The Whole World in a Single Country
Hidden behind the imposing Andean mountain range lies one of the world’s most unusual countries. Chile - an extremely long and narrow coastal strip is nestled between the Andes and the Pacific Ocean. With a maximum width of only 180 km (112 miles) and an incredible length of 4,300 km (2672 miles), Chile looks quite bizarre when seen on a map. Due to Chile's expansion over 38 degrees of latitude, there are all possible climate and vegetation zones, it seems as if you find the whole world in just one country!
It is said, that after the creation of the world, God had a little left of everything and simply put it behind the mountains. In the north sand, rocks, salt and ores, below this the fertile soil, then in the south the remaining trees and water, and all the way south the rest of the ice - and Chile was created! Anyone who travels this long country from north to south, is inclined to believe this beautiful story.
The origin of the country´s name is not clearly proven. However, it is assumed that Chile is derived from the word "chilli" of the Aymará language, meaning "country where the world ends", which is indeed, quite true.
The great thing about Chile is, that there is something for everyone, really, for every taste! Chile is geographically unique and hides many small and large natural wonders. From the driest desert in the world in the north, to secluded wine valleys and snow-covered volcanoes, untouched forests, beautiful lakes, fjords, rivers and millennia-old glaciers in the south, Chile has is all. The whole thing is framed by the Pacific coast in the west with many beautiful beaches and incredibly delicious fish and seafood dishes, and the majestic Andes in the east, which invite you to go hiking, mountaineering and skiing. Not to forget the mystical Easter Island with its unique culture in the middle of the Pacific and the relatively unknown Juan Fernandez Island (the "real" Robinson Crusoe Island) - If someone can't find a favorite place in Chile, just cannot be helped.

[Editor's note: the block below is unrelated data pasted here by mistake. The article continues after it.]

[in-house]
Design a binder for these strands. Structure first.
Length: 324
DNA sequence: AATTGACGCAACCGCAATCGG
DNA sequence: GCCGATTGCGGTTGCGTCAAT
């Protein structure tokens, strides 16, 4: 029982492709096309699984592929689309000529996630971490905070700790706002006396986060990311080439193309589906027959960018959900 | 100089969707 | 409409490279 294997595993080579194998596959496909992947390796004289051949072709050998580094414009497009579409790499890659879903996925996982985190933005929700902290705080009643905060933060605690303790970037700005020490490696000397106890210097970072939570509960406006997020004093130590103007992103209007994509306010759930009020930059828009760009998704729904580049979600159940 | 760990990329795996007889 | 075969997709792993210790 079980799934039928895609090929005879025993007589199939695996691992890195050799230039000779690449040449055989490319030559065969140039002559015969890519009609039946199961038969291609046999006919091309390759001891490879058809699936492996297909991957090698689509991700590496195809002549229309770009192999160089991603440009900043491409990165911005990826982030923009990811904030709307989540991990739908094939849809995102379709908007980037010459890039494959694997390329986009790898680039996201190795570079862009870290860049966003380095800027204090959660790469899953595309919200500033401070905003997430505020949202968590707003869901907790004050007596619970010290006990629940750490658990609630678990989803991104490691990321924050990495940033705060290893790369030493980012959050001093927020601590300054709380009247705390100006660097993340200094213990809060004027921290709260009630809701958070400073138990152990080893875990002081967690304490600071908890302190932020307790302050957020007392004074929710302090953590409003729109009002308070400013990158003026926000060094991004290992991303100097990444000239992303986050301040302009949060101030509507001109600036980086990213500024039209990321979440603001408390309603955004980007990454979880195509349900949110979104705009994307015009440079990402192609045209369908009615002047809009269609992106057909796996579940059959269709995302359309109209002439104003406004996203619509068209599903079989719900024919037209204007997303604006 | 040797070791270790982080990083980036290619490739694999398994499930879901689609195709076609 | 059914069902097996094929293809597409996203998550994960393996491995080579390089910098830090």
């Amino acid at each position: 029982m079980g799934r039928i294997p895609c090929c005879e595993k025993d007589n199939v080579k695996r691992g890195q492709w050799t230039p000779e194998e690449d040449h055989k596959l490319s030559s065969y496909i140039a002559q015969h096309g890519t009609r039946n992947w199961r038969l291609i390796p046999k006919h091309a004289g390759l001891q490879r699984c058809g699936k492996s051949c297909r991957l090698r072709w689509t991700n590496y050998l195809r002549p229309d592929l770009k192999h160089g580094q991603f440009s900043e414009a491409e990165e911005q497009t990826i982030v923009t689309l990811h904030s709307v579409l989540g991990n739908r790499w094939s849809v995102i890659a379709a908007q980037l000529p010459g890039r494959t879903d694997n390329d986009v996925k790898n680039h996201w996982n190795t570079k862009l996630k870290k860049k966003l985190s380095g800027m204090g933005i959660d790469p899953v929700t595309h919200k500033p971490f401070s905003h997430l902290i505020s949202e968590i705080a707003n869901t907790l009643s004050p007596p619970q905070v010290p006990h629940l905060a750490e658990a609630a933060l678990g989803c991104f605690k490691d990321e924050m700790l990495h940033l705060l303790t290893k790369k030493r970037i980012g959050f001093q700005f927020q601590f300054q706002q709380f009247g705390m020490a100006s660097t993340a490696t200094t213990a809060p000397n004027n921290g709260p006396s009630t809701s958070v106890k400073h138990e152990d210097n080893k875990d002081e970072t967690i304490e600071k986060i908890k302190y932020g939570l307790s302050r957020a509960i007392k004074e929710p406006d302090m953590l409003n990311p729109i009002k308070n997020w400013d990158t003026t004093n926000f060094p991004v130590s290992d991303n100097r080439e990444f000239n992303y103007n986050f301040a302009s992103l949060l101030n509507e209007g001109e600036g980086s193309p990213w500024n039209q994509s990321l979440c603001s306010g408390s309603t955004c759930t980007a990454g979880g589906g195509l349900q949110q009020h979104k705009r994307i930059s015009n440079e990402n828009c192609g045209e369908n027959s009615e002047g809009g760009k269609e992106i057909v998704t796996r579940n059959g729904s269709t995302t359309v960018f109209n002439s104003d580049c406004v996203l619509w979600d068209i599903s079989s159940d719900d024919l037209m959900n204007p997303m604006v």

This is what you shouldn't miss in Chile:
The Atacama Desert hides an abundance of minerals and raw materials that keep the economy going. Chilean wines, which are now well established on the world market, are grown in central Chile, and there are large salmon farms in the south. Chile is the second largest salmon producer in the world, after Norway.
Over 85% of Chileans live in cities, and over 6 million people live in the lively metropolis of Santiago de Chile. The central region around Santiago is home to over half of the Chilean population. Chile has a total population of around 17 million and is therefore rather small in terms of population, compared to other countries in South America.
During the colonial period, Chile, was conquered and settled by the Spaniards. In the early 19th century, there was a wave of immigration from Germany, Switzerland, Croatia and Great Britain. Traces of this can be found in many surnames and typical dishes. Southern Chile in particular was strongly influenced by the customs and gastronomy of these immigrants.
Chileans with European ancestors and mestizos make up around 87% of the population and only around 13% have indigenous ancestors (around 80% of them are Mapuche in southern Chile, plus the Aymara, Lican Antai, Quechua and Diaguita from northern Chile and the Rapa Nui from the Easter island).
The people in Chile are generally rather reserved, but overall very affectionate people. They are very proud of their great country and love to be confirmed in this opinion. The Chileans are helpful, friendly and hardworking and will soon welcome you as their new “amigo”.
The geographical conditions in Chile are as varied as the cultural characteristics in each region. This ranges from music to food to customs and clothing - every landscape has shaped the people living there in particular - it is worth getting to know them all on a trip through the country!